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Grid outages in Texas complicate recovery from Beryl

Last Updated 2 weeks by Amnon J. Jobi | Amnon Front Page

Millions of people in Texas are still without power after then-Hurricane Beryl came ashore on the Texas Gulf Coast Monday morning as a Category 1 Hurricane.

Beryl created one of the largest power outages ever for CenterPoint Energy, which serves the city. The scale of the outages are frustrating millions of customers who are also dealing with oppressive hot temperatures. Some are now questioning if the company could have done more to prepare for the storm.

Cooling centers and other emergency measures could be needed for weeks if power to run air conditioning isn’t restored.

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In Houston, those centers are already providing relief for many of the roughly 1.5 million people without power at the moment.

“It’s a miserable situation,” said Acting Texas Gov. Dan Patrick. “And you need to know that we care about that, we’re working on that, and there is hope that we’ll move through this as quickly as we can.”

“People across the country care about what’s happening here,” said Texas Rep. Lizzie Fletcher.

Priyanka Johri runs a network of assisted living homes. One of them has no power or water, so she’s shifted residents to the facility where she has back-up generators.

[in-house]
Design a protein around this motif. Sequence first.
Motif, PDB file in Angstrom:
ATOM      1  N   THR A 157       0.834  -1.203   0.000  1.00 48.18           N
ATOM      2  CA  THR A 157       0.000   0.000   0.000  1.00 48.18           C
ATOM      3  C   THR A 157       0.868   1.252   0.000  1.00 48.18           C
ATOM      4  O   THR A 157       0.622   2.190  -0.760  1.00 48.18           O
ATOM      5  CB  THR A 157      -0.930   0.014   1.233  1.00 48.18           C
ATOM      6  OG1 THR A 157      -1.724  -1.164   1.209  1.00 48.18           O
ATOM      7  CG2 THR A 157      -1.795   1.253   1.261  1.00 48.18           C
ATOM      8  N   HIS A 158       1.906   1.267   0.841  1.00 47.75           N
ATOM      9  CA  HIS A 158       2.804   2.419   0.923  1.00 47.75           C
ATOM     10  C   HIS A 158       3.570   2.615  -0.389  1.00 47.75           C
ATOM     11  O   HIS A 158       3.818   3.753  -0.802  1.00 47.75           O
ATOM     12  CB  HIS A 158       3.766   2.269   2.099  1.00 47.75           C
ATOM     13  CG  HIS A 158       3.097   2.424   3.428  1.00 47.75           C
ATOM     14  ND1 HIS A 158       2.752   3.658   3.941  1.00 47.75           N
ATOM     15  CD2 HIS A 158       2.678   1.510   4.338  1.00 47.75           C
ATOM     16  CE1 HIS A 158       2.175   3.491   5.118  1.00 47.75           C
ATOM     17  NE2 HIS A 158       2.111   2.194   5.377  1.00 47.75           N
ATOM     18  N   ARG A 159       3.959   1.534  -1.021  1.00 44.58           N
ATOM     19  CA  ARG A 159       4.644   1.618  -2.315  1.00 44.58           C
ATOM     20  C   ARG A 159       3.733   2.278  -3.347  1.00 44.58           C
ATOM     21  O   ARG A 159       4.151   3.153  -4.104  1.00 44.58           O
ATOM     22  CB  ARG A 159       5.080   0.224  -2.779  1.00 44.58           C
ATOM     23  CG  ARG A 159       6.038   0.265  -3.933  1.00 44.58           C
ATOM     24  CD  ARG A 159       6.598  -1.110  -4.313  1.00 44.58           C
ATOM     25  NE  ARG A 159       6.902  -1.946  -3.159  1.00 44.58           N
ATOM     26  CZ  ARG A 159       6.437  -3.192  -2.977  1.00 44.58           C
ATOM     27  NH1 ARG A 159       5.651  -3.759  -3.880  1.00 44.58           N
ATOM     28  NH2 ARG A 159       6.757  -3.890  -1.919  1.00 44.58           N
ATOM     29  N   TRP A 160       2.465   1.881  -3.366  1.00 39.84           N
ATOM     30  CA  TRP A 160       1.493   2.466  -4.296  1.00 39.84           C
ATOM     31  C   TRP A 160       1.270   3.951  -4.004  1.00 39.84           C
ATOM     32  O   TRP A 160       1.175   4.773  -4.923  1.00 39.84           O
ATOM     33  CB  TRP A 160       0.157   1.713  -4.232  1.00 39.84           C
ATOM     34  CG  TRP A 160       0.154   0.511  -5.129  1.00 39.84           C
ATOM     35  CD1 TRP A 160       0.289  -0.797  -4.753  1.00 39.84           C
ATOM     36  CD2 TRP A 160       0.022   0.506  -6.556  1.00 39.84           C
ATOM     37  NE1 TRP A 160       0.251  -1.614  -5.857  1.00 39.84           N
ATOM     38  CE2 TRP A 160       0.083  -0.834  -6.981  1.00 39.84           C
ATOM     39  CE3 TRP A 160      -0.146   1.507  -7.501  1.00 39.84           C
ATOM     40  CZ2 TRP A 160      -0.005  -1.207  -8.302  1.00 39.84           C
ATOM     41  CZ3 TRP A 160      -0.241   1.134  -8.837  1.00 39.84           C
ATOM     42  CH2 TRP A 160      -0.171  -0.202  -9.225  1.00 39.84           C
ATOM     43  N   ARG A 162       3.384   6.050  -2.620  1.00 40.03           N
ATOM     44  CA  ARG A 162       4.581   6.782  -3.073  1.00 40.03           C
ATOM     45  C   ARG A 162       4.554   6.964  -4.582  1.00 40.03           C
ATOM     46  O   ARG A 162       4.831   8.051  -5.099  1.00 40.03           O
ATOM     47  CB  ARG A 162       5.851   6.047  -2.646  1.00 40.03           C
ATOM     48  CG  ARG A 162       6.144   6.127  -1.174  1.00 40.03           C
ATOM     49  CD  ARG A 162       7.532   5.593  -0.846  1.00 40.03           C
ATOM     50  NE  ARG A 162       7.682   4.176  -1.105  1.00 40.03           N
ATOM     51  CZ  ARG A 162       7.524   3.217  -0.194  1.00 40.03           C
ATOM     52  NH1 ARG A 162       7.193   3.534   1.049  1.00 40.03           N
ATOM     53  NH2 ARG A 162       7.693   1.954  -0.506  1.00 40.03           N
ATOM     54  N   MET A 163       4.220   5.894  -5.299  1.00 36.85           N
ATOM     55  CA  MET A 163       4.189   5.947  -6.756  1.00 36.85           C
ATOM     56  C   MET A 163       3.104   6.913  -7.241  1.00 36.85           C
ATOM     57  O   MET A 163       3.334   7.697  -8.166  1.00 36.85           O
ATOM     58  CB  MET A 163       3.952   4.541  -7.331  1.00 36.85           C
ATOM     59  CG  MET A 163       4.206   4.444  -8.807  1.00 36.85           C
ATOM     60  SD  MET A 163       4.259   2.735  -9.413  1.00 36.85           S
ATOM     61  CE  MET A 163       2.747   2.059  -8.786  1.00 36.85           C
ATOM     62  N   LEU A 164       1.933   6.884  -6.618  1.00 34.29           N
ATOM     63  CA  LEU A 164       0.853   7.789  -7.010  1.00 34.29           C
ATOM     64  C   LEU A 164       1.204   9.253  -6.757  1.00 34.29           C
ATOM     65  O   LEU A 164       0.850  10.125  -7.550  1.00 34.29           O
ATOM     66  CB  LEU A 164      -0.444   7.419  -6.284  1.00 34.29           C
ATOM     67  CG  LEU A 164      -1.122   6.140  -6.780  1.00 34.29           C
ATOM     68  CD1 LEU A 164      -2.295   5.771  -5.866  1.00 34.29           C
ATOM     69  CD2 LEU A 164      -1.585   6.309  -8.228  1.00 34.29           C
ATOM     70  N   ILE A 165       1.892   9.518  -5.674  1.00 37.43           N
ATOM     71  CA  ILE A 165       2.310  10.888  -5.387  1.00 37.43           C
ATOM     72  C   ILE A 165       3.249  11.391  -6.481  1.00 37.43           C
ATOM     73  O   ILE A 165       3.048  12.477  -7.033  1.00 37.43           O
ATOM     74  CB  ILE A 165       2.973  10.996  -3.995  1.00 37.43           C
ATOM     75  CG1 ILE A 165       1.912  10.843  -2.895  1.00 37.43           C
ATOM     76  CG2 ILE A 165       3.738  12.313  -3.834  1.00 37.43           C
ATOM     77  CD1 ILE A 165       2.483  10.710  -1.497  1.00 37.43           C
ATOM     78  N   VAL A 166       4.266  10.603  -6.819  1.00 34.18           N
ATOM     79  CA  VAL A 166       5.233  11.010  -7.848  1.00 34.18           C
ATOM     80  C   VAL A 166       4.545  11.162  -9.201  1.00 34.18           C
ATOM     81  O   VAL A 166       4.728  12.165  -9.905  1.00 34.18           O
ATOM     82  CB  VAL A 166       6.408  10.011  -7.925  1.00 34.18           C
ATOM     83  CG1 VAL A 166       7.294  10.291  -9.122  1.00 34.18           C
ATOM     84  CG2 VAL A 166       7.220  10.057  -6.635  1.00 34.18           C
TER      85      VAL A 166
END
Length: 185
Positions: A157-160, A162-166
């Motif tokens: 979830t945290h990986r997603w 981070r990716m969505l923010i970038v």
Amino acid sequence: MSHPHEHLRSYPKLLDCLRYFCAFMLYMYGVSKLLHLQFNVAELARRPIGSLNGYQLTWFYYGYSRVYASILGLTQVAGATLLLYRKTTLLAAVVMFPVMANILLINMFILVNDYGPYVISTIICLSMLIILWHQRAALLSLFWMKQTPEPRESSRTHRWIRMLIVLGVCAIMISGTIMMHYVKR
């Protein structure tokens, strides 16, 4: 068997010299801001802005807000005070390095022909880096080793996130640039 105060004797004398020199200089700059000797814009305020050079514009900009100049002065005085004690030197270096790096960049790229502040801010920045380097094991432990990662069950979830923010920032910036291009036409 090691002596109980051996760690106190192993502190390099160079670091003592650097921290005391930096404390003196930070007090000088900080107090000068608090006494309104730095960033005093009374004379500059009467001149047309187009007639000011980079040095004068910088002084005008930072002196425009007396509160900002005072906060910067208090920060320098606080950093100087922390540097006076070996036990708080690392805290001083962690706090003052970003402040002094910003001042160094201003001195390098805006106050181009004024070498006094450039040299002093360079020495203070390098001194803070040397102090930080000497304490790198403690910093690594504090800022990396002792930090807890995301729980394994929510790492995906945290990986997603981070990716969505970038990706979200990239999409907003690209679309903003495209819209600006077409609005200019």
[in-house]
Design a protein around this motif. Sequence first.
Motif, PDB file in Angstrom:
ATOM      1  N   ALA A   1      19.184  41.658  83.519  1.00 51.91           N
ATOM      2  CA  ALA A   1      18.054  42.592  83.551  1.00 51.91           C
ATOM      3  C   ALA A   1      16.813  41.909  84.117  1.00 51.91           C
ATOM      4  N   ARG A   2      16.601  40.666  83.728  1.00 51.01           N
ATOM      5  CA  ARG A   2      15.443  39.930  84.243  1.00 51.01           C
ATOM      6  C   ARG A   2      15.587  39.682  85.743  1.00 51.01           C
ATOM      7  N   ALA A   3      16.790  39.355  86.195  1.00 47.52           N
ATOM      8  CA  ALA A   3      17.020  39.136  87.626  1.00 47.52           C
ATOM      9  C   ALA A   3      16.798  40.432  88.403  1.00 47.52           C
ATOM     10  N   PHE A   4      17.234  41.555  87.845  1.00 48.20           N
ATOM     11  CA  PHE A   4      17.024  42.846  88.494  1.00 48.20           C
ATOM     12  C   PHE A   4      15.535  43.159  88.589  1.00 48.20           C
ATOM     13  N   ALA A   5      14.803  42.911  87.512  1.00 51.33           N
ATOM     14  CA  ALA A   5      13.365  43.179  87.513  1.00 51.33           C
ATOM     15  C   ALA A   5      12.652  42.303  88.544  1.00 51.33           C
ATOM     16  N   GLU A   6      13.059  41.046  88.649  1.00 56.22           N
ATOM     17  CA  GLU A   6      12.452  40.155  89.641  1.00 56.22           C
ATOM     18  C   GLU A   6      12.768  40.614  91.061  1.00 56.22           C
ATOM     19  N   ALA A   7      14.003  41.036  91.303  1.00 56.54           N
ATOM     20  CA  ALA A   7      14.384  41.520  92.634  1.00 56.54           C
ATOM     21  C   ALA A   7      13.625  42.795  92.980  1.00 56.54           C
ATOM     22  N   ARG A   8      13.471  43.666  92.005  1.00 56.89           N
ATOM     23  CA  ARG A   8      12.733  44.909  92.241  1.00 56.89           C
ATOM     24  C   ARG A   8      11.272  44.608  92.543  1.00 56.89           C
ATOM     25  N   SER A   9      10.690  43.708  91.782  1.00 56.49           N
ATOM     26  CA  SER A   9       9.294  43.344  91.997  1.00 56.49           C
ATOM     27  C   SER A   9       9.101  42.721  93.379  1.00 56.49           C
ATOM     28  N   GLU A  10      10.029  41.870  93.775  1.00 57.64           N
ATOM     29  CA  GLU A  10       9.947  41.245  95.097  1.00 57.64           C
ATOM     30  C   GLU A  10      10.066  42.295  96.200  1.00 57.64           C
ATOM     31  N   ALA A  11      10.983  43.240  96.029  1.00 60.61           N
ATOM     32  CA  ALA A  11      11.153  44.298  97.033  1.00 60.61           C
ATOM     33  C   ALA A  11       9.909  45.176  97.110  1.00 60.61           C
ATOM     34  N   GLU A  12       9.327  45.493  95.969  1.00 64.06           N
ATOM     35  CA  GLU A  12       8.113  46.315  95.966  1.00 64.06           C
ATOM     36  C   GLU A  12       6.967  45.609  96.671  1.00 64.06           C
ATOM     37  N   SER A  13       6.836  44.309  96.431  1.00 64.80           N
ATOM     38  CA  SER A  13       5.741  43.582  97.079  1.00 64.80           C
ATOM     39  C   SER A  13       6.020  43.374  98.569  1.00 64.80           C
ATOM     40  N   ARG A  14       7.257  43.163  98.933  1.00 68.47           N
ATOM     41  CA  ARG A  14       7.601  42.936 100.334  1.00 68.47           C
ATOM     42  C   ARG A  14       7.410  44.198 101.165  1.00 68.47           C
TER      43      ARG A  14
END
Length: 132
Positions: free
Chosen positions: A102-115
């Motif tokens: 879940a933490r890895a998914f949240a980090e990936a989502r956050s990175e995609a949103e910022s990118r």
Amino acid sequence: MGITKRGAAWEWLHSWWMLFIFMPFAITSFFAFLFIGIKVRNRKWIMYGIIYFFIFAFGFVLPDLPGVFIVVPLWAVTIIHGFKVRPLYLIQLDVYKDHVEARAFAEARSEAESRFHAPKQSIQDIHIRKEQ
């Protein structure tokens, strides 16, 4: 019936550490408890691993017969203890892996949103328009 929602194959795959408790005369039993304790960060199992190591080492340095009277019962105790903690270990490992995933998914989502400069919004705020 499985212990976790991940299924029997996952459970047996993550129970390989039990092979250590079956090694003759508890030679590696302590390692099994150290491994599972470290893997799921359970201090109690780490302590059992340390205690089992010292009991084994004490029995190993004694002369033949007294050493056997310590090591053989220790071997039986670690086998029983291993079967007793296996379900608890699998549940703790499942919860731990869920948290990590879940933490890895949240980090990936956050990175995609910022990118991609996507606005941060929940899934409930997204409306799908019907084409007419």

She waited in line for hours to get gas to power those generators.

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“There’s no time to sleep,” said Johri. “When I do get time to lie down, my brain is working trying to figure out what resources I need for the humans and what resources I need for the animals.”

Johri also cares for 32 senior dogs at her home a shelter she started 20 years ago for dogs no one wanted to adopt.

“It’s their home and it’s just destroyed,” she said of the dogs. “I mean, they’re still doing well.”

Texas is sweltering in temperatures in the mid- to high 90s but it feels like 105. While the conditions are making hurricane recovery even harder, local leaders are offering encouragement:

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“Houston is at its best when the world is at its worst, and I don’t think this is any different,” said Texas State Rep. Gene Wu.

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